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Having served as a pastor for thirty-nine years before retiring and moving to Bella Vista, I still have a pastor's heart for our churches. My heart was broken when I learned of the shooting rampage in the First Baptist Church in Sunderland, Texas. Here was a relatively small church in a relatively rural area suddenly eliminated by the carnage of a deranged shooter. One has to wonder at what the members of that church could have done to prevent this tragedy from ever happening.

I am grateful to Benton County Sheriff Shawn Holloway (and all of the deputies who worked with him) for presenting a seminar for local church leaders following the Texas shootings on how to help their churches prevent or prepare for something like that locally. We need more of that kind of training. We would like to think that something like this only happens in churches elsewhere that are big and publicly involved, but the fact is all churches are vulnerable. Consider the following events specifically targeting churches:

• In Neosho, Mo., two members and an assistant pastor were killed at the conclusion of a Sunday night service.

• In Arkansas, a man involved in a child-custody dispute came to his wife's church and shot her as she left the building.

• In Chicago, a young church musician was shot by a gang member while he was unloading his musical equipment at a church.

• In Florida, a man was brought to church by a friend so that he could talk to someone about killing his neighbor.

• In California, protesters targeted a church over a speaker, and the pastor's wife was injured, the church damaged and services severely disrupted.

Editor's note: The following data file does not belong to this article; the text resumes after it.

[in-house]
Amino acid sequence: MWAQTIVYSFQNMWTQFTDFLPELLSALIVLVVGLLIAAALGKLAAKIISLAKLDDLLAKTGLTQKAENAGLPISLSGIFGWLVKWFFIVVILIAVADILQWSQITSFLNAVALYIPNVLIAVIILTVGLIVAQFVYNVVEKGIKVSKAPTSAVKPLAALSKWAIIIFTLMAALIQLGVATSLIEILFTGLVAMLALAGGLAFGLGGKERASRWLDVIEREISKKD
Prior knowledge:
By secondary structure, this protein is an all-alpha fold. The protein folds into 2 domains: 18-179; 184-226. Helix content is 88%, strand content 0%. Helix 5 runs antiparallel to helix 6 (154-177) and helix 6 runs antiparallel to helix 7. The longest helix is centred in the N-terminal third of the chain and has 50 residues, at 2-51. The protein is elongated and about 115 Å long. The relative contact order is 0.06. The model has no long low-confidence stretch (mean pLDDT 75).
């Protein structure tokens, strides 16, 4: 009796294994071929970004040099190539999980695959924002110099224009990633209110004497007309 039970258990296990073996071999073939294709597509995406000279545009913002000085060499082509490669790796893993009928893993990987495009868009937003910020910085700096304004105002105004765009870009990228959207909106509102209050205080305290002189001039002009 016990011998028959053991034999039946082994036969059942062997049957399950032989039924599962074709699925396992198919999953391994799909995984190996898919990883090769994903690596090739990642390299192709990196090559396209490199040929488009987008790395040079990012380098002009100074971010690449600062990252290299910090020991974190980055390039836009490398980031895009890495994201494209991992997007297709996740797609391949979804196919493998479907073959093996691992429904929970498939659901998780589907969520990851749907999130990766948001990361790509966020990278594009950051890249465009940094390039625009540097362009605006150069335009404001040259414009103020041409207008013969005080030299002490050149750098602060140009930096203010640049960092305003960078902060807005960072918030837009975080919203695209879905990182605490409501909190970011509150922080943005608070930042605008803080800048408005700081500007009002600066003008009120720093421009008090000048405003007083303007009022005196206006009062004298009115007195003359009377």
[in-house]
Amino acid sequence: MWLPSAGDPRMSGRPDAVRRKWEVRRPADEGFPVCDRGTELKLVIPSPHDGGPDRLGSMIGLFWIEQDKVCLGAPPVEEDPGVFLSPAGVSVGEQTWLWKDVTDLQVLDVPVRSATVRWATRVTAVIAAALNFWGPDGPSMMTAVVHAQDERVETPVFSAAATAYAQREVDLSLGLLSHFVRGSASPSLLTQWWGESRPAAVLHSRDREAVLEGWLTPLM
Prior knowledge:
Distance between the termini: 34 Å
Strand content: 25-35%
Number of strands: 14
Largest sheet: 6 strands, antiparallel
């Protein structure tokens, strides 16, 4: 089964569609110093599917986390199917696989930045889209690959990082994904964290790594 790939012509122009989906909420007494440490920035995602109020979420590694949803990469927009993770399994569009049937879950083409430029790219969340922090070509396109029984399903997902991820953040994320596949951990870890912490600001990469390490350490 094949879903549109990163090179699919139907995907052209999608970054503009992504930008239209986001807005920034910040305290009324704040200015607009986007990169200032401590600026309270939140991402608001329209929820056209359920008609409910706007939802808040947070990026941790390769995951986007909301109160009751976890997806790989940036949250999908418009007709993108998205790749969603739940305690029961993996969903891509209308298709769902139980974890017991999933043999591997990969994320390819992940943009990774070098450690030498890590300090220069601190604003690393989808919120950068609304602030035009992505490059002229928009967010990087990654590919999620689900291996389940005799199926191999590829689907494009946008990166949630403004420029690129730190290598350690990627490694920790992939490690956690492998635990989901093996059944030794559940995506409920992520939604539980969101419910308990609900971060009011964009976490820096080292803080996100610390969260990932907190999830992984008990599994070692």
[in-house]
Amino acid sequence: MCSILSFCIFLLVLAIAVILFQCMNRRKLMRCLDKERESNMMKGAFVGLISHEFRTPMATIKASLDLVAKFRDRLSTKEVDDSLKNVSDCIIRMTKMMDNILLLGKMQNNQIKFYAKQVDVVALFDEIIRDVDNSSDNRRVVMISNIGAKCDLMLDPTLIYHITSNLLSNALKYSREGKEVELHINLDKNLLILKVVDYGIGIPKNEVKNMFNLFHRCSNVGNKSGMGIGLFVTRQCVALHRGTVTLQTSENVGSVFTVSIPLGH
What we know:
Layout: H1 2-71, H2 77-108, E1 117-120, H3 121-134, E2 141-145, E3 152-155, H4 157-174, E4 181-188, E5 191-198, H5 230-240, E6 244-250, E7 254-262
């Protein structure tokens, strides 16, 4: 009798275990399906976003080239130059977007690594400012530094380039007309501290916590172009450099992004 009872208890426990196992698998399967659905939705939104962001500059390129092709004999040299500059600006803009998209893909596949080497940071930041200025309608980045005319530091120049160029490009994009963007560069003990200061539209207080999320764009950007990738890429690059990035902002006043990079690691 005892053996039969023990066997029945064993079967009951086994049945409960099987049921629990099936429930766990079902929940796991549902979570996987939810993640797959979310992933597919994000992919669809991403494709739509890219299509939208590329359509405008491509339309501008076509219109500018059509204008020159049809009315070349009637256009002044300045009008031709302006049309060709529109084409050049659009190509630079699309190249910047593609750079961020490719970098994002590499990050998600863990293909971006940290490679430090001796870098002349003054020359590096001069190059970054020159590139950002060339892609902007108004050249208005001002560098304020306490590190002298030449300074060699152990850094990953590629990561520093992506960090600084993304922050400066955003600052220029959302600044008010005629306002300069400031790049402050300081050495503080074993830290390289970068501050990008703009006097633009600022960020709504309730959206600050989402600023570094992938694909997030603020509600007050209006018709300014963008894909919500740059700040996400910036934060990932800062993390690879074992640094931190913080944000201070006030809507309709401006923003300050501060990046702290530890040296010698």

• In North Carolina, a church worker was stabbed to death in the church's kitchen by a homeless man who then stole her purse and ran.

• In Laurel, Md., a man entered a church during an evening meeting and sexually assaulted three girls (6-12) who were playing in the basement and then abducted a four-year-old and assaulted her. No one realized anything was happening until later.

• In Birmingham, Ala., the 16th Street Baptist Church was bombed, killing four young girls.

I think you get the picture. There may be many reasons why someone does these horrible things, but the results are still the same: Innocent people, young, middle-aged, and old, all get killed or injured.

There are churches that are working hard to make sure these things do not occur. In addition, the law enforcement community in the Denver, Colo., area has done a lot to educate people about what to look for, what to do and how to survive. A few years ago, they enlisted the assistance of the Tina Lewis Rowe Training Group to help train the ushers and greeters in churches on what they need to know and do to prevent tragedies. They also have taught them what to do if an active shooter shows up.

To that end, I have already recommended to the International Conference of Police Chaplains that they have an enriched course in this area when they meet in Texarkana for a regional training seminar next April.

People do not want to believe that such things could ever happen to their loving and friendly churches but, unfortunately, sometimes it does. It's time for all of us to encourage the leadership of our churches to be proactive in developing programs to prevent such tragedies from happening. There are resources available for training.

In my next article, I'll suggest some things you might want to consider to help your church.

Robert Box is the former chaplain for the Bella Vista Police Department and is currently the Fire Department chaplain. Opinions expressed are those of the author.

Religion on 01/31/2018

Print Headline: Church Security -- Part One

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